Cedarville speller eliminated from National Spelling Bee amid tech glitches

Sophia Lopez, a seventh-grader at Cedarville Middle School, has qualified for the 2021 Scripps National Spelling Bee.

Combined ShapeCaption
Sophia Lopez, a seventh-grader at Cedarville Middle School, has qualified for the 2021 Scripps National Spelling Bee.

Sophia Lopez made it to the final 20 in the National Spelling Bee, lost on “pomaceous”

Cedarville Middle School’s star speller Sophia Lopez was eliminated from the Scripps National Spelling Bee on Sunday night when technological glitches created an unprecedented hurdle.

This is the first year when most of the national bee is being done via online videoconferencing. The preliminaries and quarterfinals went smoothly as Sophia, 13, spelled from her home like the rest of the 209 contestants, advancing to the top 30. But Sunday’s semifinals were a technological mess for her.

ExploreStar speller talks about studying, luck, nerves

Well before Sunday’s semifinals were to begin with Round 7 on ESPN2, Sophia’s Bee-provided laptop wouldn’t work, according to Sophia’s mother, Mary. They agreed on a work-around with Bee officials, then after 7 p.m., the family’s internet connection dropped due to a problem in their neighborhood.

The Bee has a third-party proctor in the room with each speller to certify that they are following the rules. The Lopez family worked with the proctor and Bee officials, who moved Sophia back to the final spot in Round 7 to give her time, and told her to use a cell phone and hotspot to connect via video.

When her turn came up, Spelling Bee judge Mary Brooks tried to put Sophia at ease.

“There isn’t a single person that’s been involved in this 2021 Bee who hasn’t been near tears over technology and the internet,” Brooks said. “I understand you’ve had some issues tonight, so we just want to tell you we’re pulling for you, and you’ve done a great job of being persistent and patient.”

ExplorePrevious: Cedarville speller one of 30 to reach national semifinals

Sophia was given the word “yamamai,” which is a large Japanese silkworm, and she quickly got it right. ESPN analyst Paul Loeffler, a former Bee finalist, immediately praised her resilience, saying she handled a tough situation “perfectly.”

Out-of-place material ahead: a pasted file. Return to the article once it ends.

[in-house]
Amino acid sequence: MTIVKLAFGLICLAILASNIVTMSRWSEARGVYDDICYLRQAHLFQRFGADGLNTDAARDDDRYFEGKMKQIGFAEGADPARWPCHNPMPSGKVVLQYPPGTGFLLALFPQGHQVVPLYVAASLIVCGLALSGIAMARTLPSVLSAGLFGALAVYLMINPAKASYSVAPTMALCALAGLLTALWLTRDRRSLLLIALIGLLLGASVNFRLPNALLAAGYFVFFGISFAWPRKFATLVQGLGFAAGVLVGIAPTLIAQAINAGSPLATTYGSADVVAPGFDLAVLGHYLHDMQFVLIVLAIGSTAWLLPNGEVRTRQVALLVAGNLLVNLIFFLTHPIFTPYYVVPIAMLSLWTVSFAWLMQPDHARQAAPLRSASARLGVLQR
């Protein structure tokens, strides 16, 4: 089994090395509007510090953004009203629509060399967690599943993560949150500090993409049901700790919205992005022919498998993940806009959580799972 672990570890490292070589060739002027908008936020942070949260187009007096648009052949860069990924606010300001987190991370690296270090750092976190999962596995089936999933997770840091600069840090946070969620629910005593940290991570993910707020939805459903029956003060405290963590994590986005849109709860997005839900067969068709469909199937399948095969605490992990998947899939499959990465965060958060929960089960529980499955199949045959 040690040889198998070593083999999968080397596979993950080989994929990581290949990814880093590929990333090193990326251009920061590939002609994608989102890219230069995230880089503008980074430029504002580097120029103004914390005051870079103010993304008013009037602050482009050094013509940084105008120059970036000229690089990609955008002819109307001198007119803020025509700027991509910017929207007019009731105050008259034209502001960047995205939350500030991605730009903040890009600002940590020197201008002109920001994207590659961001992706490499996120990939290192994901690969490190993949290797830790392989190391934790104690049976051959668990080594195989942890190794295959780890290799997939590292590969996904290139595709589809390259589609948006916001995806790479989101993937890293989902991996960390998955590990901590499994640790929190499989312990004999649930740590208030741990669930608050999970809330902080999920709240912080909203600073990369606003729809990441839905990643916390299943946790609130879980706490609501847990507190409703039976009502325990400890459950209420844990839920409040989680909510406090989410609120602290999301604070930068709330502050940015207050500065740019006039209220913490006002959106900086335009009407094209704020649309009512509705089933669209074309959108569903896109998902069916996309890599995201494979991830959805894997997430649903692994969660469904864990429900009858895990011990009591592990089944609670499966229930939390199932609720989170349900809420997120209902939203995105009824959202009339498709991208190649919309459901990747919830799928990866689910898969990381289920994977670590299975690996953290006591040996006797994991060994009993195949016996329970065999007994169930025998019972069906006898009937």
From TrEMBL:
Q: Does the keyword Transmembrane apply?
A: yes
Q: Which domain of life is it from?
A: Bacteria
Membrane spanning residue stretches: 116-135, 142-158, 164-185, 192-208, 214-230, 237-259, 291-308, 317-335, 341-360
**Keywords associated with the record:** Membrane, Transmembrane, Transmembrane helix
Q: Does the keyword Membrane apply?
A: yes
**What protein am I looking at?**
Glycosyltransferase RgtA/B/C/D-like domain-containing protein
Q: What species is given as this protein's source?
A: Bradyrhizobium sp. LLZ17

“It was a lot harder,” Sophia said. “I had my proctor holding up the cell phone and it was a little bit crazy for the semifinals. There were notifications (popping up) on the phone. It was hard to focus at times … probably harder than it should have been.”

That put Sophia in the final 20 spellers for Round 8′s word-meaning questions. She was asked whether the word pomaceous relates to a ceremonial display, a fragrant hair dressing or apples. With 30 seconds to respond, she asked Bee pronouncer Jacques Bailly to repeat the options, and could be seen leaning in closer to her phone screen to read those options.

When she guessed “a fragrant hair dressing,” the dreaded bell sounded. Sophia Lopez put her hands to her face, and was gracious in response, thanking Brooks for her kind words.

ExploreSee photos, bios of the area's top 2021 high school grads

“I was familiar with yamamai because I had studied it recently. But pomaceous; I had never heard it,” Sophia said Monday. “I was distracted and the words were really small on the screen so I couldn’t see it very well. I didn’t have a lot of time to think after I had (the options) repeated. That was probably one of the reasons why I didn’t choose the smartest answer.”

As Sophia finished tied for 16th, ESPN’s Loeffler talked about the technological issues playing a part.

“You can’t help but wonder — would it have been different if she didn’t have the hang-ups that she had to fight through that others didn’t,” he said.

Michael Durnil, the spelling bee’s executive director, said the organization did all it could to make sure Sophia could compete. He said Bee officials acknowledged the stress of this case, and said Sophia handled the situation extremely well. But he said there are no appeals at this level of competition.

“We have a simultaneous review process (where) a series of judges are playing back the feed, making real-time decisions and verifying the judges’ calls,” Durnil said. “Should the the judges feel a reinstatement is called for, they’ll make that call, but that did not happen in this case.”

Sophia said she hopes to compete again in her final year of eligibility in 2022, and hopes it’s not in an online format. She said she thinks she has “a good shot” at making the national bee for the third time. Asked what she had learned, she showed wisdom beyond her years.

“You just kind of have to go with the flow, I guess, when things end up weird,” she said.

About the Author